This is only the start, as consumers have access to a wide variety of channels to search and discover, we already have to start looking at a consistent experience throughout the complete customer journey. From paid search, website, mailing, social media to customer service. From the insights gathered from your personalized emails you can start using these insights at other touchpoints within the customer journey. Personalize for example the recommendations on the homepage of your website or recommendations on specific product pages. We are already seeing the personalized customer journey getting shape.
Next steps can involve personalization within other domains. For example optimizing your assortment in stores with different geographic locations. When you know which products are popular in different regions based on your online insights, this can be translated to the assortment of your physical stores. Again you are matching your products to the individual needs. Or enrich your customer service with insights about what the preferences of the customer is to be of better support and even pro-actively recommend products that could be relevant to the customer.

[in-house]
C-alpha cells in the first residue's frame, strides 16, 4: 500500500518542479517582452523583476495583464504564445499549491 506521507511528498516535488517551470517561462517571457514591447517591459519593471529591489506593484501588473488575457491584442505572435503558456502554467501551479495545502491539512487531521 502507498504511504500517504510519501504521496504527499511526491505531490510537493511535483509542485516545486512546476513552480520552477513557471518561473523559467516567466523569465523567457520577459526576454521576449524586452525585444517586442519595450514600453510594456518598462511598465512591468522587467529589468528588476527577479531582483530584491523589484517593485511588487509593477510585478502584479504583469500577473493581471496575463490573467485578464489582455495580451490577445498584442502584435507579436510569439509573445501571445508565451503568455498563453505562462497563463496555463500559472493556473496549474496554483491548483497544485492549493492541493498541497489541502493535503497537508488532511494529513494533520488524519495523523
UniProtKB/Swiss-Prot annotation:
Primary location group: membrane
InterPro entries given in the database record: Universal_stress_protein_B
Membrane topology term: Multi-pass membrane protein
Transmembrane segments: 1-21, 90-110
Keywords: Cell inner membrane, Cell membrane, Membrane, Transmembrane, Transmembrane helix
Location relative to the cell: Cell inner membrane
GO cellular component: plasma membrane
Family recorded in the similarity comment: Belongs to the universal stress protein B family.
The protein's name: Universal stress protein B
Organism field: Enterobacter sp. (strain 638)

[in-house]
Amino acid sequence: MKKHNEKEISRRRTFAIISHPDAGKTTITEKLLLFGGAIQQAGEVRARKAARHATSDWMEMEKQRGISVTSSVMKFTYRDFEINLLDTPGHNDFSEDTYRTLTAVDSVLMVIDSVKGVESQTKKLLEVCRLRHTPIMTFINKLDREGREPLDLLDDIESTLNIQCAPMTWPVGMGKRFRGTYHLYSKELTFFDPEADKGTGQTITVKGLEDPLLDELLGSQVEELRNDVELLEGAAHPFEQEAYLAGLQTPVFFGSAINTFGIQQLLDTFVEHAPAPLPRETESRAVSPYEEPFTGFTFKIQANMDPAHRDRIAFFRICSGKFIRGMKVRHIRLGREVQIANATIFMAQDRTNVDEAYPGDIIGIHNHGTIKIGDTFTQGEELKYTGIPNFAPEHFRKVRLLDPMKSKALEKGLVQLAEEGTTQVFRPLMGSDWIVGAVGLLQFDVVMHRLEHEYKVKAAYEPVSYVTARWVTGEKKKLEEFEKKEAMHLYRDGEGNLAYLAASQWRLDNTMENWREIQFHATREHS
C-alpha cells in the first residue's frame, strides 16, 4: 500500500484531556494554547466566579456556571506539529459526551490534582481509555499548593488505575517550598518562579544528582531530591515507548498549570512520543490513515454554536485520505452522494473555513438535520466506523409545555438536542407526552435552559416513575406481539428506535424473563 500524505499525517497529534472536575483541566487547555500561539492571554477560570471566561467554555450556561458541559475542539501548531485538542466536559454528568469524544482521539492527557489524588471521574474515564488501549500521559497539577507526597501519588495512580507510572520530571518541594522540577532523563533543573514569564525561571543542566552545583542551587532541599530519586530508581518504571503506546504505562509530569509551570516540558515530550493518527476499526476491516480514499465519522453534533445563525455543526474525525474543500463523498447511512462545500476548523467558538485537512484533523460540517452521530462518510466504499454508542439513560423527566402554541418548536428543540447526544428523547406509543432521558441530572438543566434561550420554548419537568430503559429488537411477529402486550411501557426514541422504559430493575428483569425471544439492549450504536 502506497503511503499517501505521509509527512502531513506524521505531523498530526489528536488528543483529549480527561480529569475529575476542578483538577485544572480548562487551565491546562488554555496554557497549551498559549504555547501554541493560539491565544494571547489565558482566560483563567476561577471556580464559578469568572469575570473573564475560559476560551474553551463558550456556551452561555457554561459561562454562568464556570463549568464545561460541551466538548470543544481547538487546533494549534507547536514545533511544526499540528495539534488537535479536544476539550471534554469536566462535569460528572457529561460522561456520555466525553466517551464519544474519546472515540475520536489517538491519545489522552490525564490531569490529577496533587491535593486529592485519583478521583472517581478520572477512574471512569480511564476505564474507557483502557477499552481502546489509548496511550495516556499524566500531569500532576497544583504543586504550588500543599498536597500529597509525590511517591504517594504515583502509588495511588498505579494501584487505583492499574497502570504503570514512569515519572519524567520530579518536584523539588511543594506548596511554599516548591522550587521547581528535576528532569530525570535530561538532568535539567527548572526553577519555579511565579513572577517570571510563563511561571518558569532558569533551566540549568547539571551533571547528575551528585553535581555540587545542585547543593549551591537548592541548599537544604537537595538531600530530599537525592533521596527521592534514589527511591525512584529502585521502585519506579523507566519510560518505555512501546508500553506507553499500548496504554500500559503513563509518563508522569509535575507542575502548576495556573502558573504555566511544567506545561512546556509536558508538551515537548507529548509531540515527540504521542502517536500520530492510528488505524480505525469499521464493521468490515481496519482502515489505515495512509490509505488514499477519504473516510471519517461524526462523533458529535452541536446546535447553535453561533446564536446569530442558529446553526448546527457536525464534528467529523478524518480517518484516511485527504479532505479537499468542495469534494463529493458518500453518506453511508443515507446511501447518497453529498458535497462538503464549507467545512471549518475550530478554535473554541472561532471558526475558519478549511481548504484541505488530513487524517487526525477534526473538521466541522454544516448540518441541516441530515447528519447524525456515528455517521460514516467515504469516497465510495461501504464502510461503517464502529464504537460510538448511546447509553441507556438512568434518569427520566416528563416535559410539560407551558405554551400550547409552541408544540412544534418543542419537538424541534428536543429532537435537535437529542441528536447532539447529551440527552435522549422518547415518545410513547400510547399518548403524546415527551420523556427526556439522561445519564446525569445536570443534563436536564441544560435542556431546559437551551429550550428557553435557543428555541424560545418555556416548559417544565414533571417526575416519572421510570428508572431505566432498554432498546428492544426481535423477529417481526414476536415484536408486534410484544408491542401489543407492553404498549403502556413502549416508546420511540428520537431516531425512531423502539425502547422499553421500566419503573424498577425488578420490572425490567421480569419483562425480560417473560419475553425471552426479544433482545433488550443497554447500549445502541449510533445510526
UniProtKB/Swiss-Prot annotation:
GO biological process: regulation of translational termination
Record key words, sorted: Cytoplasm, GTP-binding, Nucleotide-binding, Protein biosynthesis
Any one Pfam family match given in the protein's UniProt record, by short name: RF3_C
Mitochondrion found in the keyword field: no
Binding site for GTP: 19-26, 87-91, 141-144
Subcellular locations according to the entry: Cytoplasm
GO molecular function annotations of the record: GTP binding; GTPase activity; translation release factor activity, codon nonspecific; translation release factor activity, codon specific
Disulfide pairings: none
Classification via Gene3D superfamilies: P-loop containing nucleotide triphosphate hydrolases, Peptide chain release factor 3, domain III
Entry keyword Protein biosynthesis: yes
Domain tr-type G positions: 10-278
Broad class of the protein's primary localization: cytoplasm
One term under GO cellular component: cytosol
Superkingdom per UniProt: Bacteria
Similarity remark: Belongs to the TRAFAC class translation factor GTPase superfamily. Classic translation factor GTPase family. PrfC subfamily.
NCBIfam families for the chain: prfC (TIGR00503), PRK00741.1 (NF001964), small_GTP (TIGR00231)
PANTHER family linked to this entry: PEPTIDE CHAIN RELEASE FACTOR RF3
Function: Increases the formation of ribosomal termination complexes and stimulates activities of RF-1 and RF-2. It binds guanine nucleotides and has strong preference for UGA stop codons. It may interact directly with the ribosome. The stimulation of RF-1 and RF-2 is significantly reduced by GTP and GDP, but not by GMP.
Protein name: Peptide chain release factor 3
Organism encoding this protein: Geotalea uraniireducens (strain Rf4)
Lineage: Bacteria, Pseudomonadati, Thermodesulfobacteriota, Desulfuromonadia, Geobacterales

In the end personalization should be incorporated in all consumer touchpoints and on a level that fits the purpose of the channel. By doing this you will create a seamless experience over every touchpoint in which the consumer is tend to remember your brand better.
As personalization will grow over channels, it will also grow in profoundness. Artificial intelligence will be able to better understand the context of shopping. Is a male customer for example shopping for himself, searching for a present for his wife or maybe buying a present for his child. These different contexts will significantly influence the behavior and needs of the customer. Based on the different needs, personalized recommendations can be given based on the context.
Also emotional cues that are related to that context, will become more important, as almost every decision is guided by emotion. For example, in what state of mind is a consumer when shopping, and what response fits best to satisfy his or her needs in that situation? Impulsiveness, excitement or even anxiety for example are emotional drivers with very distinct behaviors as outcome. If you are able to really understand what the consumer is looking for and why, a true relationship and trust can be build.
The road to personalization is there but it’s essential to start building capabilities in consumer data and analytics to understand and act on your consumer needs. Start small (at a point that fits your needs), experiment and expand. This is the key to a successful implementation of personalization throughout the entire customer journey. In the coming blogs we will dive deeper in the subjects touched, to guide you in the right direction, so stay tuned.